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No admissions tests for English and Geography in 2024

The University of Oxford’s Faculty of English and Faculty of Geography and Environment have confirmed that neither the English Language Admissions Test (ELAT), nor the Geography Admissions Test (GAT) will be set for the October 2024 undergraduate admissions cycle.

This announcement follows both faculties’ decisions to disregard the admissions tests results in November 2023, after technical issues left some candidates waiting up to an hour for passages of text to load. English candidates were also mistakenly given the previous year’s theme to guide their analysis, leading to confusion and anxiety among applicants.

The Faculty of English has expressed that they are “committed in the long term to the value and efficacy of setting a standard test for all applicants’”and “hope to be in a position to run the Oxford ELAT again” in the future.

Following the disrupted admissions tests in 2023, the University severed ties with Tata Consultancy Services (TCS) as its test provider, after only one year of a partnership aimed at digitising the testing process. The University has since announced that they are working on new arrangements for all other admissions tests, which are set to continue in October 2024.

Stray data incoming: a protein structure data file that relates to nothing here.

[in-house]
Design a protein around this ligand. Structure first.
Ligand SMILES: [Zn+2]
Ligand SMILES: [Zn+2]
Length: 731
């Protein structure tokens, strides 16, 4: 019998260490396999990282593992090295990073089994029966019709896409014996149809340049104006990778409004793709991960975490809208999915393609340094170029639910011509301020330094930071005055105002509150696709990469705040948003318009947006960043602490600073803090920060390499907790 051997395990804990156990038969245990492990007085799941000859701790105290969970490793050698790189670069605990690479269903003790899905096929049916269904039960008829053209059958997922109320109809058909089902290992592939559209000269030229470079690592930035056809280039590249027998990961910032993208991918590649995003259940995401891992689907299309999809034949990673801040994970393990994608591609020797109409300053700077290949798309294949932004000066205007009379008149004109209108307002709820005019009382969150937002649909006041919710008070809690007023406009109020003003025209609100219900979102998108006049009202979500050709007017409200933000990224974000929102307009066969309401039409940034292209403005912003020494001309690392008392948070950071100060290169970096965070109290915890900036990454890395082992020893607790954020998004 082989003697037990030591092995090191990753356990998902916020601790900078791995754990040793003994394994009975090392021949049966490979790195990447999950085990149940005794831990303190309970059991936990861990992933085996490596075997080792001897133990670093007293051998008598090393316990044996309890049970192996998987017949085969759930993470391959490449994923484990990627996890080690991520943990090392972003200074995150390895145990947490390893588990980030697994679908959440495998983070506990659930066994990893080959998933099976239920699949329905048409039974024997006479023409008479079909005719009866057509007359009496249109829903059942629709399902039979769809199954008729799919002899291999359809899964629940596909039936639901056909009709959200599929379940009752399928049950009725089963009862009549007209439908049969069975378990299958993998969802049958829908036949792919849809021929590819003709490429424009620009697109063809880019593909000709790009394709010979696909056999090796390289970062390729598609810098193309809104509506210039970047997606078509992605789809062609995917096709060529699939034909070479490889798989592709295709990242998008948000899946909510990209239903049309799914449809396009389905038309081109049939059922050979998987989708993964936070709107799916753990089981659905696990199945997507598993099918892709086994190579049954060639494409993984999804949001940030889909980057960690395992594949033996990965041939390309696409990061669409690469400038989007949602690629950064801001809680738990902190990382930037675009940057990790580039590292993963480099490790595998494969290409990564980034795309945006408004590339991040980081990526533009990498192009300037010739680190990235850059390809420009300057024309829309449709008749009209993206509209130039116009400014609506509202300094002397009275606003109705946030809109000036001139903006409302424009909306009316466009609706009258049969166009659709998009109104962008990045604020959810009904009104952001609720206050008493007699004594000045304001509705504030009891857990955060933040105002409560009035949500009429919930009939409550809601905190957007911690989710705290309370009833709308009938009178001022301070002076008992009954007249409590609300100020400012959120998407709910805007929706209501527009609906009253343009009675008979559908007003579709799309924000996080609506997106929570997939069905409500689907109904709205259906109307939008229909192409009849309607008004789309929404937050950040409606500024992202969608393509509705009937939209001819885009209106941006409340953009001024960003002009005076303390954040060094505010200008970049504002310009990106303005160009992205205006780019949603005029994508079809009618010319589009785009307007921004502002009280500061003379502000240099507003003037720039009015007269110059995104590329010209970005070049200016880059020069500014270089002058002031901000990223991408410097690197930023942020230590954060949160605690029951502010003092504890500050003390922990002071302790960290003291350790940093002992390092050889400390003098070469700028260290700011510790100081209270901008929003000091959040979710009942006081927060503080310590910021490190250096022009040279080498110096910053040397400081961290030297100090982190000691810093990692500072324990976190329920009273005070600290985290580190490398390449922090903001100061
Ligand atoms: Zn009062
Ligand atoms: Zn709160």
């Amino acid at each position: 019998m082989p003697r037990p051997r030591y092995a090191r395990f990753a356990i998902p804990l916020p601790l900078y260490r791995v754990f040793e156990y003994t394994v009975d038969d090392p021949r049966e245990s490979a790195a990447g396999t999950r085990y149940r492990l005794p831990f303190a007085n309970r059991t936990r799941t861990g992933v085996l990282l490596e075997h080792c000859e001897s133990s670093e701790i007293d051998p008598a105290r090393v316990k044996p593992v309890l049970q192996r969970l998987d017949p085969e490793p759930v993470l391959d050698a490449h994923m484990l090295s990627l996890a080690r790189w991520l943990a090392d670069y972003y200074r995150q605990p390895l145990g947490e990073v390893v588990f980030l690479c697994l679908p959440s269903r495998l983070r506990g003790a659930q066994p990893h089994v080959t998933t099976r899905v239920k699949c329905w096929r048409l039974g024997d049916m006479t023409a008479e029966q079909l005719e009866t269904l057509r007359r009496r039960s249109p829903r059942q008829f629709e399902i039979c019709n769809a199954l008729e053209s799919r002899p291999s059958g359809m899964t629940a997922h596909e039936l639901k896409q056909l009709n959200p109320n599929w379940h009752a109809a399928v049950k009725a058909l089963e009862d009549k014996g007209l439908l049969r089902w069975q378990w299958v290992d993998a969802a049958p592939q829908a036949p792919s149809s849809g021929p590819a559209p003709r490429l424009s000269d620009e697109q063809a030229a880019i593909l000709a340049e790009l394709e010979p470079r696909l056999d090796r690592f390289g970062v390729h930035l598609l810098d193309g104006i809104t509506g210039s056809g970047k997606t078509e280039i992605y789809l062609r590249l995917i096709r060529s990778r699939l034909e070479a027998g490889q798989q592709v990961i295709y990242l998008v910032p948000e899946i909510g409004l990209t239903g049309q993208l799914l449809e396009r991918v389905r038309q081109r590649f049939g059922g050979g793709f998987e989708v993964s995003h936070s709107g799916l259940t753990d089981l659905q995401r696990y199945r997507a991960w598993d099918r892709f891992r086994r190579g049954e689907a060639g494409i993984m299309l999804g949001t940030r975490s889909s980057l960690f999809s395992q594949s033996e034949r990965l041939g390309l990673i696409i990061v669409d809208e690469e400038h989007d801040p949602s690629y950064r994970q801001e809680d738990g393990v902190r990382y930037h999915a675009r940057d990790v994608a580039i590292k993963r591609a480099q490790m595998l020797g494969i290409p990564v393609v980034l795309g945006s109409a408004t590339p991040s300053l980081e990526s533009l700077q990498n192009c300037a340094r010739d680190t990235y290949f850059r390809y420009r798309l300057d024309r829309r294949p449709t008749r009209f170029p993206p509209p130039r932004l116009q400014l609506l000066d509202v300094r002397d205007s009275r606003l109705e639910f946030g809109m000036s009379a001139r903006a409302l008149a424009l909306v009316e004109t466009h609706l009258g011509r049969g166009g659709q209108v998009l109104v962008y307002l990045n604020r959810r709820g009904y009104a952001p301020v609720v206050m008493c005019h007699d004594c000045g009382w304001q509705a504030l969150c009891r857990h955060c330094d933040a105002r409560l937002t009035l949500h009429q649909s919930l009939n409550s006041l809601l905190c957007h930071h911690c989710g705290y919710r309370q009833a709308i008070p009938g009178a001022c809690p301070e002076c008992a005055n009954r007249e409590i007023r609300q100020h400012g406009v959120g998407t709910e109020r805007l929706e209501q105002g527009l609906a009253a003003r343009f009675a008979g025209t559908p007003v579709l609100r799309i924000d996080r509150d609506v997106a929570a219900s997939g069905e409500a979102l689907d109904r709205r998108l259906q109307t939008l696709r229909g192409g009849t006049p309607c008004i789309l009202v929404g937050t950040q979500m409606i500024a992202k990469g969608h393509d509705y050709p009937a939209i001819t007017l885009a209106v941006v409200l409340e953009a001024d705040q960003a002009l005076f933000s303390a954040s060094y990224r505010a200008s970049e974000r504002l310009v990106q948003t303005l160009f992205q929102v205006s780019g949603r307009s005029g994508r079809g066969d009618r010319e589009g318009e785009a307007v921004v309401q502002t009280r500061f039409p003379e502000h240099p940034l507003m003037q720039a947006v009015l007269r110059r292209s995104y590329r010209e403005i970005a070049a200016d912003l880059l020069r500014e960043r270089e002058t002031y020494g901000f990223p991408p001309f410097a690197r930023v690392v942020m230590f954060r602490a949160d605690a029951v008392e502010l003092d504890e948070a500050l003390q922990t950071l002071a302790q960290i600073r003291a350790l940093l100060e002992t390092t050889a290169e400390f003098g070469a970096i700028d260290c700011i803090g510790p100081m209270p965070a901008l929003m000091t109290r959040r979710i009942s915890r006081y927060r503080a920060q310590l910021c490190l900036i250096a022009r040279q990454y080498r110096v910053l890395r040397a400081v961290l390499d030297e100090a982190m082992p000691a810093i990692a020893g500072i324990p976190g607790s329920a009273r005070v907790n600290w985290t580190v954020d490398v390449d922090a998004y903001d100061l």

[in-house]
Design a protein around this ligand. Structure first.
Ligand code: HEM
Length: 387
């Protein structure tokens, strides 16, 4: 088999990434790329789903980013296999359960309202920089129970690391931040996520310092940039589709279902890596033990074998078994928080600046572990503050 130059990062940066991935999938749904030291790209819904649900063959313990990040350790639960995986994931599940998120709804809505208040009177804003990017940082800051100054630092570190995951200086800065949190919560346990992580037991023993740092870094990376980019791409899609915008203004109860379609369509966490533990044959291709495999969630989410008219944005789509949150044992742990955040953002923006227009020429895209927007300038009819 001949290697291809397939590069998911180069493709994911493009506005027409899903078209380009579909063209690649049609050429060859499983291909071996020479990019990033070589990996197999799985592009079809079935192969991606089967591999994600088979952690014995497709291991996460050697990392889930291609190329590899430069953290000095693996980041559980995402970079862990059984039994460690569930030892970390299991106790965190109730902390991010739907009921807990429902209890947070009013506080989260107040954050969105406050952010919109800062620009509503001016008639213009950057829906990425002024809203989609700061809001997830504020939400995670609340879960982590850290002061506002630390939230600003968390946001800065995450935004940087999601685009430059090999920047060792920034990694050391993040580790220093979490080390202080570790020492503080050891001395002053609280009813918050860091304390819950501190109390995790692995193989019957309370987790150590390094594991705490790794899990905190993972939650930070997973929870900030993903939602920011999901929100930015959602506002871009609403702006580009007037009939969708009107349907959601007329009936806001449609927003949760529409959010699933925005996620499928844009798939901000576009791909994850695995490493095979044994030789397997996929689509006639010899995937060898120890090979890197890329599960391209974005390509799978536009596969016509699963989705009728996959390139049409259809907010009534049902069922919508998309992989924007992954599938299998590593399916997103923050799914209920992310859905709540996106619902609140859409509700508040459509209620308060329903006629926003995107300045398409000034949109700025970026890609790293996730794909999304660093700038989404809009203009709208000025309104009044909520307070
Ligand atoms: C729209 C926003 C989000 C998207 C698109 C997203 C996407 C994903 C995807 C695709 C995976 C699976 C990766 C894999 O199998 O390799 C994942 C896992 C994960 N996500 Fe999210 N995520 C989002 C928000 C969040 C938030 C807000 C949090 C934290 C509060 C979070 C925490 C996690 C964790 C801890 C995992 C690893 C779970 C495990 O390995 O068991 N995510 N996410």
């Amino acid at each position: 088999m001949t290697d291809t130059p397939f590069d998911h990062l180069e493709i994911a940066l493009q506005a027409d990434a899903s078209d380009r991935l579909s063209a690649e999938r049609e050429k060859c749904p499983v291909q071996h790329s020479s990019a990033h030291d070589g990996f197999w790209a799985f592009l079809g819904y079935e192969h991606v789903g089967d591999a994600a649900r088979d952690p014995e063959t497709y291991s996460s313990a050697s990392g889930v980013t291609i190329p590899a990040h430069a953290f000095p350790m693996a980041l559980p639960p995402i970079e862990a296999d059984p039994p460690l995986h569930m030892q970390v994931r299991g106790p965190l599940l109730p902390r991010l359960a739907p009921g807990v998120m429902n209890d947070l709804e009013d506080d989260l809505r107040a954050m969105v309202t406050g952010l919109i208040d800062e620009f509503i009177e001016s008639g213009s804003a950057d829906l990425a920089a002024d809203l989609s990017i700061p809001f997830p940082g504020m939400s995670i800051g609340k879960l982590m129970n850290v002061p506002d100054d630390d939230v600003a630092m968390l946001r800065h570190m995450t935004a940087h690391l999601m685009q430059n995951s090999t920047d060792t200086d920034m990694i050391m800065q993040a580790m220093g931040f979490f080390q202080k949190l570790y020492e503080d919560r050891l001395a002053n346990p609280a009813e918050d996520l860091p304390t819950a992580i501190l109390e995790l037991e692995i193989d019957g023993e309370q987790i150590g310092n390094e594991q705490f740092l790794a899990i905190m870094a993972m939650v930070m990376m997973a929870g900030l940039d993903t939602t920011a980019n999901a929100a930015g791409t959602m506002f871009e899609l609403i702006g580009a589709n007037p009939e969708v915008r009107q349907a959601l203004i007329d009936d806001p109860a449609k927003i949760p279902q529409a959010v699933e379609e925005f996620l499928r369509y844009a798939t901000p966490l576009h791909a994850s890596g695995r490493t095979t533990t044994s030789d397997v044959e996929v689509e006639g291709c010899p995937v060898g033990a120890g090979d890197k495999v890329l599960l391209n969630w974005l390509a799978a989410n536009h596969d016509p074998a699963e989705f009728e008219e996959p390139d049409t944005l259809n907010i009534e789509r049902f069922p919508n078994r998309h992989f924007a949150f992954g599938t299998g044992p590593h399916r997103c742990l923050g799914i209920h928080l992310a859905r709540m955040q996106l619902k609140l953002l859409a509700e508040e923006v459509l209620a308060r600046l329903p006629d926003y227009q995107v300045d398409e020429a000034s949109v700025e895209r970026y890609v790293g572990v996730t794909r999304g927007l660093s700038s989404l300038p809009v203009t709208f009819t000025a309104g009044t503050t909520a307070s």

The most recent major change to the University’s admissions testing process was the permanent removal practical test for candidates applying for Fine Art, a decision made as part of the transition to remote interviews in 2020.

A spokesperson of the University of Oxford told Cherwell: “We are putting in place arrangements for our admissions tests in 2024, and will be communicating with applicants, schools and test centres shortly.” 

Oxford is not the only university to revise their admissions test procedure. Until recently, most selective US colleges had adopted a ‘test-optional’ policy, not requiring candidates to disclose SAT or ACT results as part of their application. This attitude was largely adopted over concerns regarding the close link between a candidate’s results and their race and family income, as well as the opportunity for coaching for advantaged students. In recent years, however, many elite colleges, including Harvard University, Yale University and MIT, have reversed their stance, reinstating standardised testing as a required part of a candidate’s application.

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